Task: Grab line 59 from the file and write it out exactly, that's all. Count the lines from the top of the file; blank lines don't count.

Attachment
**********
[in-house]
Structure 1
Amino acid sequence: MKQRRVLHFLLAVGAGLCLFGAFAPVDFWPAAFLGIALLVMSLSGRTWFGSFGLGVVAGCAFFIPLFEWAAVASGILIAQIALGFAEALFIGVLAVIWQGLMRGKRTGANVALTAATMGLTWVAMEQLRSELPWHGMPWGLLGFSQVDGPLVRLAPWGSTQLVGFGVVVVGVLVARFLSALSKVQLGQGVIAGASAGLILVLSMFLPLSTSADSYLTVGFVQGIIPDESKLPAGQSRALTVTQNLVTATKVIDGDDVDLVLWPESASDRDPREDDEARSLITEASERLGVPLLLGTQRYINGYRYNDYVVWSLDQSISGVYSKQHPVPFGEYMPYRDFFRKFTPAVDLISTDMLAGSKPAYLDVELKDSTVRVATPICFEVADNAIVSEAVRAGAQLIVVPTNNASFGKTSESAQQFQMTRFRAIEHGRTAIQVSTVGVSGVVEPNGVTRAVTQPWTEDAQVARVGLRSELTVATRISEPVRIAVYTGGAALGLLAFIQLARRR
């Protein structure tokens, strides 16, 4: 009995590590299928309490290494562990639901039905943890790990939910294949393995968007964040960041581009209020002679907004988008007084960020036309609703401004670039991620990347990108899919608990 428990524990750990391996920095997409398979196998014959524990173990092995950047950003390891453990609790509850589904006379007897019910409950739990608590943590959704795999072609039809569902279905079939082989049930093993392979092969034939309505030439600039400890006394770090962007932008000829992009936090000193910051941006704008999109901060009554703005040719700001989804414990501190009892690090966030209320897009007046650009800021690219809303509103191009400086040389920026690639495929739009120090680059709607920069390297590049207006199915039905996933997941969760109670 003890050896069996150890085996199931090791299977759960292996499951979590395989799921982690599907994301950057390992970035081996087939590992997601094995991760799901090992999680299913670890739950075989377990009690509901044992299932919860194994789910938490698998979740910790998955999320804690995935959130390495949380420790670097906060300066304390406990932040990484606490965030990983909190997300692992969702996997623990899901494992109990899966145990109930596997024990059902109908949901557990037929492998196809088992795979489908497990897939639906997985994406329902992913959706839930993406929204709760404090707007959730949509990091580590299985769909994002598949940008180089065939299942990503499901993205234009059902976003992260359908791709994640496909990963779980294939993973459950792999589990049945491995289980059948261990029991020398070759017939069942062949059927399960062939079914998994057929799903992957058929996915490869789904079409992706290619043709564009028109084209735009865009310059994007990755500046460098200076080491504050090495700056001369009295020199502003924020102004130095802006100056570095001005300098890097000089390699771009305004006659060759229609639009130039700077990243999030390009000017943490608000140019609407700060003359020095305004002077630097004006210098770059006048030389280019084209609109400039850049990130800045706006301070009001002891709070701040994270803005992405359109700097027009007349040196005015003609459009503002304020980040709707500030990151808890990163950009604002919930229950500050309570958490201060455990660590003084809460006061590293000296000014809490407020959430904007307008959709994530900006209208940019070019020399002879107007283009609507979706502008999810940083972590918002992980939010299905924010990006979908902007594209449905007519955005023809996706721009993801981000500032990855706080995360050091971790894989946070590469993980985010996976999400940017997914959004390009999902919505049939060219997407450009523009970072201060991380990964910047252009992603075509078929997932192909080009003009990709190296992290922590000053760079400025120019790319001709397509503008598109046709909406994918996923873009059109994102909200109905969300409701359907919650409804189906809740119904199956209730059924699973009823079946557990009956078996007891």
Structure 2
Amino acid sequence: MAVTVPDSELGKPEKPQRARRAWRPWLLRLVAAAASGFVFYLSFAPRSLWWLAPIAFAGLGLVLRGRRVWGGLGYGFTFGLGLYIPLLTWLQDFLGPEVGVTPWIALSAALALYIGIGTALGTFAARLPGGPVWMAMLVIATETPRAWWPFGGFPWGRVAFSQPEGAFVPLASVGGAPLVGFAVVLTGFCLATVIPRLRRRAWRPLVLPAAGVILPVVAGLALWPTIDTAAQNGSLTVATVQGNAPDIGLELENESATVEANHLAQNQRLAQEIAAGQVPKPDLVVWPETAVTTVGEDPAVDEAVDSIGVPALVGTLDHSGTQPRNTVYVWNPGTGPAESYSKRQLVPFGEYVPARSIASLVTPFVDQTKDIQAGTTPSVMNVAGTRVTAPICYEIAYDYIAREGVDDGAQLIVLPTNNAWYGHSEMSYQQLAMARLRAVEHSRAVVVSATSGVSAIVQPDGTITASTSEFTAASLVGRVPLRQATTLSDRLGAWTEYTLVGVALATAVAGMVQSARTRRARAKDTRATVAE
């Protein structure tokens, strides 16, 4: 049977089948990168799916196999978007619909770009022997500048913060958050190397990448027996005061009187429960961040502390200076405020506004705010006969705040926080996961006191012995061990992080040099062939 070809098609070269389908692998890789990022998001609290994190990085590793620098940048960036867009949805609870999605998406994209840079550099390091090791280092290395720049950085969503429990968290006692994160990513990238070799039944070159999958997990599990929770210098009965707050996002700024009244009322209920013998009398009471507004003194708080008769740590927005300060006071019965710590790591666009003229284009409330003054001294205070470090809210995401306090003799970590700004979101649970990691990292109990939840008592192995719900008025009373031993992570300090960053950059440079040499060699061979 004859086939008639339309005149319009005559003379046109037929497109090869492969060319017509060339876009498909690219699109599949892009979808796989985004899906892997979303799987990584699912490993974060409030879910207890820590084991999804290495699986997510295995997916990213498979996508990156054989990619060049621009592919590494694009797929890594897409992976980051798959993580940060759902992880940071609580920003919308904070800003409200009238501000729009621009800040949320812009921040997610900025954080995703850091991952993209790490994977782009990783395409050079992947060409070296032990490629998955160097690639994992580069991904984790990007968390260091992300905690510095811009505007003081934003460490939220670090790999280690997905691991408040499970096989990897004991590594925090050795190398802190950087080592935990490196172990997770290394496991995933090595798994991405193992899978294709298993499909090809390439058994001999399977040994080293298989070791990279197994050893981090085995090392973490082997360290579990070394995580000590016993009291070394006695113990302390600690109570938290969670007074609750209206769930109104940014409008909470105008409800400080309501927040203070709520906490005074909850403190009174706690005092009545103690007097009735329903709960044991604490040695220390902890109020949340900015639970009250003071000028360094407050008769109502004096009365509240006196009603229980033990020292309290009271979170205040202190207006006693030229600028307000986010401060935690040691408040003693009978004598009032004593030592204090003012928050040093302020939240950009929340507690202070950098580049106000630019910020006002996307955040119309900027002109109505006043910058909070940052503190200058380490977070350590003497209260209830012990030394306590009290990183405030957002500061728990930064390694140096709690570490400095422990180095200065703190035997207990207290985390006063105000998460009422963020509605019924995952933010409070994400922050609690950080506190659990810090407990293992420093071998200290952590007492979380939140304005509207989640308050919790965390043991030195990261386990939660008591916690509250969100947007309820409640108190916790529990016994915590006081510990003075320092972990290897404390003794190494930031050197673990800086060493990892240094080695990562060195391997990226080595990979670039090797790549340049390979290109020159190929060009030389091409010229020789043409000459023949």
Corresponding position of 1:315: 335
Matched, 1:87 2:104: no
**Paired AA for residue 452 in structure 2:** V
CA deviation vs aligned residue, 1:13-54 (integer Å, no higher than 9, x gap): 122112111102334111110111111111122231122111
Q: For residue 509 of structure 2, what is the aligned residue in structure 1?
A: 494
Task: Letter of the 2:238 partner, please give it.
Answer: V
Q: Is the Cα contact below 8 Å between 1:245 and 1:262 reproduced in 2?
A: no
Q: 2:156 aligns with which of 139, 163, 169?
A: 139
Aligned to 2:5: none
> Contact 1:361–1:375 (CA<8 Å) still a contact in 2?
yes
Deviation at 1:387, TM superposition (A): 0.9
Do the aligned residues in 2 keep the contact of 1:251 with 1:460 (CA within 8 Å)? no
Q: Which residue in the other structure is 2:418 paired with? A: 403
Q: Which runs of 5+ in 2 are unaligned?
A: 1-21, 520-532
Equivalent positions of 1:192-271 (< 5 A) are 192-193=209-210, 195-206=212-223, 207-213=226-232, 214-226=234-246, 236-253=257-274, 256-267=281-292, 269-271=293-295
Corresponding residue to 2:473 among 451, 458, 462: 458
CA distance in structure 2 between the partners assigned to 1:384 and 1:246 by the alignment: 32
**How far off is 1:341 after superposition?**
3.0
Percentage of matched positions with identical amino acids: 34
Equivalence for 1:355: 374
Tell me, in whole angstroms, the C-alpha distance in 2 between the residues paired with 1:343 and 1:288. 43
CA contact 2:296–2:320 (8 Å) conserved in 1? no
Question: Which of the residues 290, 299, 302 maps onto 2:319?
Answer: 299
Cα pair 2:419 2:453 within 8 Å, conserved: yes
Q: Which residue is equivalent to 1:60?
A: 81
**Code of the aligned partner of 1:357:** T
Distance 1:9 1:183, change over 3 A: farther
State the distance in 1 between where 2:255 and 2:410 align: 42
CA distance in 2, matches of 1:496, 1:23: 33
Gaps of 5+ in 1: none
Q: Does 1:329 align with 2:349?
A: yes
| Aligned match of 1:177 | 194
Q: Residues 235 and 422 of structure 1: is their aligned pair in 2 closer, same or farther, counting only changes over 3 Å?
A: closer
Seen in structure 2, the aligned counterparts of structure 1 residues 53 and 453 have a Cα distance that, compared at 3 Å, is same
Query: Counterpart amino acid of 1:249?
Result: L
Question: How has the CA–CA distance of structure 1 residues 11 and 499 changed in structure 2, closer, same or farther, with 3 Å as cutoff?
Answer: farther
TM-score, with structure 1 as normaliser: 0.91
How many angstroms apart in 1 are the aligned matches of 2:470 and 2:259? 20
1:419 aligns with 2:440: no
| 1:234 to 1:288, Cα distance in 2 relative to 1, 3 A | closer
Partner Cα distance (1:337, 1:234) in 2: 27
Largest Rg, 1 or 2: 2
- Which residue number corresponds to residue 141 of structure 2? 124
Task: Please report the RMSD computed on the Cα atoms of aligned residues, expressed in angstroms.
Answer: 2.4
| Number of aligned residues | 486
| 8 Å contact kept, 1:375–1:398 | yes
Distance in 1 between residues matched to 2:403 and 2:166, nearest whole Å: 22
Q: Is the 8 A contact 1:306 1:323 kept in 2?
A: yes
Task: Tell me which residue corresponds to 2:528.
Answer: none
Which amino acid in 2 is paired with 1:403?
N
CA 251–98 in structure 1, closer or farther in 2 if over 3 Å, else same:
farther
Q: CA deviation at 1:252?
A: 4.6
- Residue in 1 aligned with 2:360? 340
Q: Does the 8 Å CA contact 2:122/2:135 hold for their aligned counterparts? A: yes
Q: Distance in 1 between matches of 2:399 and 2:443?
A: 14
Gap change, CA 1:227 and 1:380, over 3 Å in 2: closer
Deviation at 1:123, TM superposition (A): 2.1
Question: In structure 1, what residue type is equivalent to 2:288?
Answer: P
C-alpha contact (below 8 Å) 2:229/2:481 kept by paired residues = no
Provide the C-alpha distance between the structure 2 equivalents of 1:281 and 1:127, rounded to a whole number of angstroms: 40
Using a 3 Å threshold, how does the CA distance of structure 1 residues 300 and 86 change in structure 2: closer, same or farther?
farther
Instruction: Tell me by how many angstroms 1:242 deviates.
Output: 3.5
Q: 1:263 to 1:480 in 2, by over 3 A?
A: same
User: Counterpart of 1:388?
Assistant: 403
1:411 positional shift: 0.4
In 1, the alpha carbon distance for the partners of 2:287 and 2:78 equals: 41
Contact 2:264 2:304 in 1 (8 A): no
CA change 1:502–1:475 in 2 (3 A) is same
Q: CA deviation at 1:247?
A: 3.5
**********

1:419 aligns with 2:440: no